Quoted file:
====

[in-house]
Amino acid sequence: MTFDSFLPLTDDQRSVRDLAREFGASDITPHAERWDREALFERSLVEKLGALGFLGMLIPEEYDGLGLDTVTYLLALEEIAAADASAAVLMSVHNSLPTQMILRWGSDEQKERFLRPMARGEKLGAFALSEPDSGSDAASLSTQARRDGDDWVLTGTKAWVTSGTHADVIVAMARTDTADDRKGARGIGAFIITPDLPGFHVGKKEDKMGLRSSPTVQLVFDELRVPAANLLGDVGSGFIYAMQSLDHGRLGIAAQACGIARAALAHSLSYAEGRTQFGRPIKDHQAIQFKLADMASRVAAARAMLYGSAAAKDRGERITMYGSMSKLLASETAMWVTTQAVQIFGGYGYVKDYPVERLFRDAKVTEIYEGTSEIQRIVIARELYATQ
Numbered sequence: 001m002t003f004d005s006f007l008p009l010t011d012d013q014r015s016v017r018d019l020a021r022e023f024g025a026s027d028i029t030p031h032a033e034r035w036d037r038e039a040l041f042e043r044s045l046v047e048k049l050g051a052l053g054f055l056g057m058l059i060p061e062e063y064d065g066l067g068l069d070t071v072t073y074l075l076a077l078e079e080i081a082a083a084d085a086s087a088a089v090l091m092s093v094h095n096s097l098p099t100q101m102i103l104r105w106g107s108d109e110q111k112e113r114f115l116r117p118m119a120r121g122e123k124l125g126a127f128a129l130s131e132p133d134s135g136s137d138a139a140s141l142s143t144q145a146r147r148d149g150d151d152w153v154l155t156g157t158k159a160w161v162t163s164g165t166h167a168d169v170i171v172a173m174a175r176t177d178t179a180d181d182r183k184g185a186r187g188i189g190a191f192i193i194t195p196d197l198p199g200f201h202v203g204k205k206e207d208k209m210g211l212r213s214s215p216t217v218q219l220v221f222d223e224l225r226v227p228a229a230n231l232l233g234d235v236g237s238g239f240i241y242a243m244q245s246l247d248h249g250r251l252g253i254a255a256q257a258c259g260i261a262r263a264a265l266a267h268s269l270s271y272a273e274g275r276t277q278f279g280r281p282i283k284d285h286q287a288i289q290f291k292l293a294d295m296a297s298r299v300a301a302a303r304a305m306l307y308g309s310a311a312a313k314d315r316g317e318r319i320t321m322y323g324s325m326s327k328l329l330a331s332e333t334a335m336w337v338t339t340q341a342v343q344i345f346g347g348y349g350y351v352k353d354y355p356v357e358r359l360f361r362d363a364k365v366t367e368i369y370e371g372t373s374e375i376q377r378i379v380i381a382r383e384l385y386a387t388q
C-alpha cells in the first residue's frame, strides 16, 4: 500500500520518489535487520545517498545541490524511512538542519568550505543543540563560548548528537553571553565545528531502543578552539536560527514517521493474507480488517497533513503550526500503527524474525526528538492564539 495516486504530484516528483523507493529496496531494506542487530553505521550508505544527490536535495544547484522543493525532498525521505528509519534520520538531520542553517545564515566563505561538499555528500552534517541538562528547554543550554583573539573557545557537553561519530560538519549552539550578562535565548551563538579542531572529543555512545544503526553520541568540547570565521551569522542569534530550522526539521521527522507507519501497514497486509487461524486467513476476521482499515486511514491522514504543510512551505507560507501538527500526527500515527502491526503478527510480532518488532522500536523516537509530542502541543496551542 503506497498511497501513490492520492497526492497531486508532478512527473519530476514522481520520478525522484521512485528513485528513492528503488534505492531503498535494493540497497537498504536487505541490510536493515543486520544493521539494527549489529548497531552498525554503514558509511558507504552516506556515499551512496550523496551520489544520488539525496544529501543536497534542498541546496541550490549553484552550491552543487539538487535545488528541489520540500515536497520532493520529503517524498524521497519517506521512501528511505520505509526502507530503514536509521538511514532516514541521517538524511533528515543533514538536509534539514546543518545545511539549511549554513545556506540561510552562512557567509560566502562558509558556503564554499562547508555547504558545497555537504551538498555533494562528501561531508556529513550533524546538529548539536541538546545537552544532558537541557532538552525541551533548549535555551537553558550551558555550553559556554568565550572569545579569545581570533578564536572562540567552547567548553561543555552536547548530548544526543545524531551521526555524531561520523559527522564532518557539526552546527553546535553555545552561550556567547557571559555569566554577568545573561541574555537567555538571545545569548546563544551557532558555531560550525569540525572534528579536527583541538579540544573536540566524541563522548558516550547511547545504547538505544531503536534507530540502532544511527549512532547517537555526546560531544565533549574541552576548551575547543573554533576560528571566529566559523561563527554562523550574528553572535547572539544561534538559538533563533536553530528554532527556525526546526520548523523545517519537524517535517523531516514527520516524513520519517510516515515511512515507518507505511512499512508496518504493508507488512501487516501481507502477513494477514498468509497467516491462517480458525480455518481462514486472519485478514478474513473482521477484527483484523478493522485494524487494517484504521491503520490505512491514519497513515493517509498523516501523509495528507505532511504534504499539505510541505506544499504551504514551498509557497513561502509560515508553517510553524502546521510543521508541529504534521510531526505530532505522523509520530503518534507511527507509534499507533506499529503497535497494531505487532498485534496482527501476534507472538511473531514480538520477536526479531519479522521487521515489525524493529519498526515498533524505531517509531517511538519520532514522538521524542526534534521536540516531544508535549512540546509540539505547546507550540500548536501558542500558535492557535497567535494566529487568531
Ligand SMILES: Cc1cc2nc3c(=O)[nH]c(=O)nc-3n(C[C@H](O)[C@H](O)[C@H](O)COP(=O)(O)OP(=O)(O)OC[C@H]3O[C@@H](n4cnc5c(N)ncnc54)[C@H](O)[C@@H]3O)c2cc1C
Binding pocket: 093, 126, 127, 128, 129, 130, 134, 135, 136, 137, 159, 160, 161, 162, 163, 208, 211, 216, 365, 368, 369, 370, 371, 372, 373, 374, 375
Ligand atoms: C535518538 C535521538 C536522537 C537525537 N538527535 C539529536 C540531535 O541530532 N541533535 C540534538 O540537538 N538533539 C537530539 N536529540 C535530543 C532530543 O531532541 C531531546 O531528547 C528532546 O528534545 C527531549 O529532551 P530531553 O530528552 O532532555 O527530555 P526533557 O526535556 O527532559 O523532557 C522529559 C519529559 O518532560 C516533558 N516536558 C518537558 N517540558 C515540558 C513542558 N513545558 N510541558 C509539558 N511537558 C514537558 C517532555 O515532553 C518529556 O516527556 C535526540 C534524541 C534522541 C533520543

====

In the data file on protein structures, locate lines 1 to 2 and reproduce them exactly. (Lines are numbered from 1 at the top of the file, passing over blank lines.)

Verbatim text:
[in-house]
Amino acid sequence: MTFDSFLPLTDDQRSVRDLAREFGASDITPHAERWDREALFERSLVEKLGALGFLGMLIPEEYDGLGLDTVTYLLALEEIAAADASAAVLMSVHNSLPTQMILRWGSDEQKERFLRPMARGEKLGAFALSEPDSGSDAASLSTQARRDGDDWVLTGTKAWVTSGTHADVIVAMARTDTADDRKGARGIGAFIITPDLPGFHVGKKEDKMGLRSSPTVQLVFDELRVPAANLLGDVGSGFIYAMQSLDHGRLGIAAQACGIARAALAHSLSYAEGRTQFGRPIKDHQAIQFKLADMASRVAAARAMLYGSAAAKDRGERITMYGSMSKLLASETAMWVTTQAVQIFGGYGYVKDYPVERLFRDAKVTEIYEGTSEIQRIVIARELYATQ